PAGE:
In Phnom Penh’s Daun Penh district there is a 133-hectare mound of sand that was once a lake. It took nearly four years to fill Boeng Kak with that sand.
On the southern perimeter of the massive sand pit sit two large billboards. On those billboards there is CPP Senator Lao Meng Khin’s vision; an adventurous property project anchored by two glass and steel tower blocks, a huge water fountain and hundreds of residential units set around the water features of a land-locked marina. So far, part of that vision has been achieved: The lake is filled and thousands of residents who once lived around the area have been evicted and relocated.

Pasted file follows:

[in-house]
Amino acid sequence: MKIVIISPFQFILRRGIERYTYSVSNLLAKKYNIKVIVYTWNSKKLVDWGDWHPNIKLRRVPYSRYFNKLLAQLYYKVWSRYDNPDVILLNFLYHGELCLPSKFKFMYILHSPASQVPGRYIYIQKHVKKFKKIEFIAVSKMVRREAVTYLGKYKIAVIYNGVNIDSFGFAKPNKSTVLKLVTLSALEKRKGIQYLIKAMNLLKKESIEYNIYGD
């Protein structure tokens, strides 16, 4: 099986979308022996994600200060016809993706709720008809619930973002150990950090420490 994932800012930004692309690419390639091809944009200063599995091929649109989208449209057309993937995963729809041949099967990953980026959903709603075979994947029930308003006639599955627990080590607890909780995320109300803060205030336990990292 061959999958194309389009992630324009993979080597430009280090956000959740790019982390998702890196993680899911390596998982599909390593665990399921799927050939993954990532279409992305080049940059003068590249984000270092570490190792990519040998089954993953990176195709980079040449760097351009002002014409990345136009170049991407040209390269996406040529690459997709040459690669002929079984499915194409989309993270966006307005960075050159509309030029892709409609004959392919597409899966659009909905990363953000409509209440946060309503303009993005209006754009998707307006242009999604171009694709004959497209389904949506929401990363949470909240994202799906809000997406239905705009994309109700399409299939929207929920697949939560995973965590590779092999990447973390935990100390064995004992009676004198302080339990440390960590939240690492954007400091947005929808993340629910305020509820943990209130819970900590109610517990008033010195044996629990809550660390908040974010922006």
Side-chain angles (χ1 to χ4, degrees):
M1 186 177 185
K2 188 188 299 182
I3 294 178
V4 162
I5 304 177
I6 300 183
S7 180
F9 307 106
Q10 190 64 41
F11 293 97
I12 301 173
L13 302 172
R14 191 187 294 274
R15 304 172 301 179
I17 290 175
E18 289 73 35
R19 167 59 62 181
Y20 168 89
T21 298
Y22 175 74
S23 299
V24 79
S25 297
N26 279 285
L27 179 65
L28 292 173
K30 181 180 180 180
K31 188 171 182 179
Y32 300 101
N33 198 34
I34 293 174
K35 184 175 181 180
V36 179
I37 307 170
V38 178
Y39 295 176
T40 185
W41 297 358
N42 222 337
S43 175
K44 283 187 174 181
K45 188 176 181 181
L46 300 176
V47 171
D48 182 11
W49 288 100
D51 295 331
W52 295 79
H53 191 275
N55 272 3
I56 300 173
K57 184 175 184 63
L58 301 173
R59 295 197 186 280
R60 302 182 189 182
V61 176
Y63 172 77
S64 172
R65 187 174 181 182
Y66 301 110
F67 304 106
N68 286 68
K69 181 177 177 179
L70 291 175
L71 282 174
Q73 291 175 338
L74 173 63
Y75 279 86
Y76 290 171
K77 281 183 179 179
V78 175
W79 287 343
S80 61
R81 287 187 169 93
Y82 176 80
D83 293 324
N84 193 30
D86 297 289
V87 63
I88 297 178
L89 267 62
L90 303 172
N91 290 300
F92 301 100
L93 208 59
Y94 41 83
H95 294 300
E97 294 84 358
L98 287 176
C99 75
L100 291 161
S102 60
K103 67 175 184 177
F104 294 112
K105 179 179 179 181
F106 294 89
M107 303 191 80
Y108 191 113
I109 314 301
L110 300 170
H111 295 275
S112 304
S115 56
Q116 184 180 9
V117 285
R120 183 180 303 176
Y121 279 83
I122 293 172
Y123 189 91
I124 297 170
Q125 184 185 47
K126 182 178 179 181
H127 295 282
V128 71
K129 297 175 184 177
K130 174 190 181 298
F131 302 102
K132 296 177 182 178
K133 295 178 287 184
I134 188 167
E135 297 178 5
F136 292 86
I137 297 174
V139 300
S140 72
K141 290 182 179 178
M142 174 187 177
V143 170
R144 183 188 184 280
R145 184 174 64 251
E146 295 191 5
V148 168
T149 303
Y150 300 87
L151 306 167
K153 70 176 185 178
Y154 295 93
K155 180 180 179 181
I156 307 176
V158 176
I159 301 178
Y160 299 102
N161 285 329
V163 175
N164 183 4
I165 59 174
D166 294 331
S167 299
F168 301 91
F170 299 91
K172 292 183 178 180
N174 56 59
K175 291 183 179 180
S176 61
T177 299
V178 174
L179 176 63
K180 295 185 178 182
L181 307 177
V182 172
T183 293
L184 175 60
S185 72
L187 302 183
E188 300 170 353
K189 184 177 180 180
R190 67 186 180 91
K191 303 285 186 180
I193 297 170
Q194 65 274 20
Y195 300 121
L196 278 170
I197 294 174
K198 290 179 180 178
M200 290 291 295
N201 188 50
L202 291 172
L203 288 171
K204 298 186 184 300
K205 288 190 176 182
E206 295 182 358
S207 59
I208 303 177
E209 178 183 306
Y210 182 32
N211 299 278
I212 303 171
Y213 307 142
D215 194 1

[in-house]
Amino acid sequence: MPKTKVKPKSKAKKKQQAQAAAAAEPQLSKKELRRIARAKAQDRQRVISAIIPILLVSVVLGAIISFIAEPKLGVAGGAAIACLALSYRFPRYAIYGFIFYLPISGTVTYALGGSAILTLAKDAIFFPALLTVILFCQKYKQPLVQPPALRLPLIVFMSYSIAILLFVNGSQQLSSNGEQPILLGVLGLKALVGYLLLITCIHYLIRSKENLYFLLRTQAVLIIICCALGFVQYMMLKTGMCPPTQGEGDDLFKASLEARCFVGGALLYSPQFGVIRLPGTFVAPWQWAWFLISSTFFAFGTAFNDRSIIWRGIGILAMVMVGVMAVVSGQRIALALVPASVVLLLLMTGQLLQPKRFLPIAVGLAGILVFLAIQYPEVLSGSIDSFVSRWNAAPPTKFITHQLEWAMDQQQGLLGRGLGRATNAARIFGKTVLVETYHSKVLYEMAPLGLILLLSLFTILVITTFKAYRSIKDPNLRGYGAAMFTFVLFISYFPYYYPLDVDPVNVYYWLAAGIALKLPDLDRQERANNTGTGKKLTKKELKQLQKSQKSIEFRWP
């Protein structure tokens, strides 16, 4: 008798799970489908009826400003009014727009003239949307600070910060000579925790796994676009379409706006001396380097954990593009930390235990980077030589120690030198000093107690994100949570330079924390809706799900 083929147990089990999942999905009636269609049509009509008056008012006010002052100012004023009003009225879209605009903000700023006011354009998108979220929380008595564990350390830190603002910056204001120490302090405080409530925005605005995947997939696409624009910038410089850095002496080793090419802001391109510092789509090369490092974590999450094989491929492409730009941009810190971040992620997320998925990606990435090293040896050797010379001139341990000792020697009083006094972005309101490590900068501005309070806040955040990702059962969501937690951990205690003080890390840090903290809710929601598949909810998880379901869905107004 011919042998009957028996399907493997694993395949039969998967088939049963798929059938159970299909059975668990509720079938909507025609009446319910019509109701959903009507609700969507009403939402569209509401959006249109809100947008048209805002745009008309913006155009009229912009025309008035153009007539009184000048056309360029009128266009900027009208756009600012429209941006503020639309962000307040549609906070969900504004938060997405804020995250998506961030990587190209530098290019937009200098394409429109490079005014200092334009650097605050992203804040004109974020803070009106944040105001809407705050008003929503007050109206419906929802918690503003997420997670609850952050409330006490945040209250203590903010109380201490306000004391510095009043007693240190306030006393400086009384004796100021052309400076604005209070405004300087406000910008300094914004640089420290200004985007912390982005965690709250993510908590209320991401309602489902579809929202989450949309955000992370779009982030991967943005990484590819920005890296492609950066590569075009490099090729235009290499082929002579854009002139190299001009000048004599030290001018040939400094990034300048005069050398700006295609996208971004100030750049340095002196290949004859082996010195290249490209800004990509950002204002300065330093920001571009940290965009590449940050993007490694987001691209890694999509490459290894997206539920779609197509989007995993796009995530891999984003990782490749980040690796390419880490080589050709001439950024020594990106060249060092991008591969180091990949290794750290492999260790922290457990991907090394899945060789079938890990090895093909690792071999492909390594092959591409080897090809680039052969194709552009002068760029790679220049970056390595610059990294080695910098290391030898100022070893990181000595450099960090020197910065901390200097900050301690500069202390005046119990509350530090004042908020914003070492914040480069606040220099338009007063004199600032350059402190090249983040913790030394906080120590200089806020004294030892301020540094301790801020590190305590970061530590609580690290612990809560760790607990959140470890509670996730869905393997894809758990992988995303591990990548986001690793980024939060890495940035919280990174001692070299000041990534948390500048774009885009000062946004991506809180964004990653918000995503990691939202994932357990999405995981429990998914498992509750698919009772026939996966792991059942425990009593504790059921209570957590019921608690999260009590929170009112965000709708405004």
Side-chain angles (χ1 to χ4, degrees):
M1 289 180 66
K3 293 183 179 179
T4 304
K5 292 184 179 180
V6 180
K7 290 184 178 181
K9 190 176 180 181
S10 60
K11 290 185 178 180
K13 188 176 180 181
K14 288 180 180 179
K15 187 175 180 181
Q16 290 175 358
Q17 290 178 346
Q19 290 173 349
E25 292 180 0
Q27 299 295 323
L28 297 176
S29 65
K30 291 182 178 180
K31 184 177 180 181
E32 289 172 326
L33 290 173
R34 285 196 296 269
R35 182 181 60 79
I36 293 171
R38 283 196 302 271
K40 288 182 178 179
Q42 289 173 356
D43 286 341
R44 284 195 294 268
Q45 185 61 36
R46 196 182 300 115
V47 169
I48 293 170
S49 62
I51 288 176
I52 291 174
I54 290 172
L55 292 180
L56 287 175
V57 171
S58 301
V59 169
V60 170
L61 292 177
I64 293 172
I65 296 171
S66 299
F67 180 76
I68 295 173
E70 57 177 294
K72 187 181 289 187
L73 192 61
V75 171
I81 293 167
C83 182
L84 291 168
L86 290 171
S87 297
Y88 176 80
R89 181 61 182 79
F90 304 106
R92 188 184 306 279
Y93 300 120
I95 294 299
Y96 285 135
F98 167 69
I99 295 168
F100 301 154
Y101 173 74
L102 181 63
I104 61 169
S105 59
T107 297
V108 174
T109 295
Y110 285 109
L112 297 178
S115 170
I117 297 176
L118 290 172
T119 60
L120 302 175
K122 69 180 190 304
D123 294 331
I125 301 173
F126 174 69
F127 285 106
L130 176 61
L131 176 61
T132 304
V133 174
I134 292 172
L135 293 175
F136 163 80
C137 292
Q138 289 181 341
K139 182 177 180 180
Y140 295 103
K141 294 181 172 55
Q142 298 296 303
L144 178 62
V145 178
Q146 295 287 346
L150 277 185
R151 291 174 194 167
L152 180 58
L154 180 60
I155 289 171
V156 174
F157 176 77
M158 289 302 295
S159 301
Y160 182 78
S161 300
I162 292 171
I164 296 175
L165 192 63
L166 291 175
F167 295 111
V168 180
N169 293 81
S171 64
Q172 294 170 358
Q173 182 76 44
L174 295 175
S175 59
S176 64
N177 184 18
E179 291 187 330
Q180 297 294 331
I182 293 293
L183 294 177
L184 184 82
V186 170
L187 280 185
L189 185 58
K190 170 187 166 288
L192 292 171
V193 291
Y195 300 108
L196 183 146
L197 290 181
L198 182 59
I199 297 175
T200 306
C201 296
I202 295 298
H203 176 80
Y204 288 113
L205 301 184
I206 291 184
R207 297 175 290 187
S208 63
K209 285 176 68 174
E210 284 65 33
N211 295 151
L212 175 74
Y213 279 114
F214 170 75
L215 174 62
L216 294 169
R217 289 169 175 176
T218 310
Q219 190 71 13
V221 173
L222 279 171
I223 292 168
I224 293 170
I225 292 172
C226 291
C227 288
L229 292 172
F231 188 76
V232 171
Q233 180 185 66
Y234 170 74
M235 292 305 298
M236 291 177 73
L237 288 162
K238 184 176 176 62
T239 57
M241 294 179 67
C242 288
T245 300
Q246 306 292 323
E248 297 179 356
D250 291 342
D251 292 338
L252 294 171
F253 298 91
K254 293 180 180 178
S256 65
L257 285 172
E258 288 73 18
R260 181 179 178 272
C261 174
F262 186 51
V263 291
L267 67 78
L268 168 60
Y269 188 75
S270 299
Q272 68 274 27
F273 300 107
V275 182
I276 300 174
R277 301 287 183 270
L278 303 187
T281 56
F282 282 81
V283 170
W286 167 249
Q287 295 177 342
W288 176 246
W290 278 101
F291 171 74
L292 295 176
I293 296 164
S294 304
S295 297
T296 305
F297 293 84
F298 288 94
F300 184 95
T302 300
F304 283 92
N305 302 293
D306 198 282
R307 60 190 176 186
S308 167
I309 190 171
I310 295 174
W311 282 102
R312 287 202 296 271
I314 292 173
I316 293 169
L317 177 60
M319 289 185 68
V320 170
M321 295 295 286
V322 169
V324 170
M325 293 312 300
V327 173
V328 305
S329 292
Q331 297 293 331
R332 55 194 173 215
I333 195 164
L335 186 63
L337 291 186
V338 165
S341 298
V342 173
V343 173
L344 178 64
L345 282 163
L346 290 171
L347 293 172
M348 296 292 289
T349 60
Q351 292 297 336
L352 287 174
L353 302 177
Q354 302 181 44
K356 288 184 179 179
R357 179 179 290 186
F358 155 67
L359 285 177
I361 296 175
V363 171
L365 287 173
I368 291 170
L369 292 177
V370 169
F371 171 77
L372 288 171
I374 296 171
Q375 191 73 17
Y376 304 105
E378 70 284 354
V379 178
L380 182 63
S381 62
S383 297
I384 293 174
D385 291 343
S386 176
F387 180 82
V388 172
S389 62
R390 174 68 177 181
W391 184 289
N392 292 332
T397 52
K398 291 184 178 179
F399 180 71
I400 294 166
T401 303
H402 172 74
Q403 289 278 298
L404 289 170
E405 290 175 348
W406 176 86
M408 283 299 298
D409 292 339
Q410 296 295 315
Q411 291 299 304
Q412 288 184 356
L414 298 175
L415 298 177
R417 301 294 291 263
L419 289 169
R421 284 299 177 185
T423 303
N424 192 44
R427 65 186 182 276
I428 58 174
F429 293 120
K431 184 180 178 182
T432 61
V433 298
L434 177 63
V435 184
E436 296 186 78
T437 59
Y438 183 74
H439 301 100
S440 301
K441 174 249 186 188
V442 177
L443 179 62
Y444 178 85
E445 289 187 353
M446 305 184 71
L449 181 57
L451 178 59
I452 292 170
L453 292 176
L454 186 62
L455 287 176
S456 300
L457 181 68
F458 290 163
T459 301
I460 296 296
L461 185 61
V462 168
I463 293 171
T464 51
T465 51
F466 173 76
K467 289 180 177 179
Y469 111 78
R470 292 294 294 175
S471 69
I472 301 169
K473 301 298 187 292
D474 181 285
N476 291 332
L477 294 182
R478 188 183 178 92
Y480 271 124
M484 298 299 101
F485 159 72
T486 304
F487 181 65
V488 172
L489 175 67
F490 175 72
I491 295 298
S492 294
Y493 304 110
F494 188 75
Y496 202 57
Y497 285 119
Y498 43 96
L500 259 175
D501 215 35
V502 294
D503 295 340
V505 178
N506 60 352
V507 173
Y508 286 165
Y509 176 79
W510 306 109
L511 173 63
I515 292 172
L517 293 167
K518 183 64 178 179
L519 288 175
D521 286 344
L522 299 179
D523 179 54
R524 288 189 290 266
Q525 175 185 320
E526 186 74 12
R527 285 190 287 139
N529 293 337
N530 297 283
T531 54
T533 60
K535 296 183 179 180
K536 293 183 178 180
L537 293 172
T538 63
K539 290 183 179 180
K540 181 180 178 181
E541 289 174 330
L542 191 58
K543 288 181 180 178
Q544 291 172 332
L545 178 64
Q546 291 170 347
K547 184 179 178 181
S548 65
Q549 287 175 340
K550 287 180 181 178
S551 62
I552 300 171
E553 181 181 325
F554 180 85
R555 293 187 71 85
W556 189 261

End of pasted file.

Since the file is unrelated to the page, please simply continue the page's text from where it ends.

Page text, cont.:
But what happens now to the dusty site is anyone’s guess: The company’s offices in Phnom Penh appear to be closed. The city’s real estate agents say the property sector is so over-supplied that to embark on building at Boeng Kak would be financial madness.
And government officials don’t seem to know what will happen, or if they do, they are declining to comment. “They have all gone back to China,” said Chhay Sina, who lost her job in February as a sales supervisor for Shukaku Erdos Hongjun Property Development Co., a joint venture between Cambodian and Chinese investors, which owns the site. …
Philip Heijmans with additional reporting by Hul Reaksmey, P. 25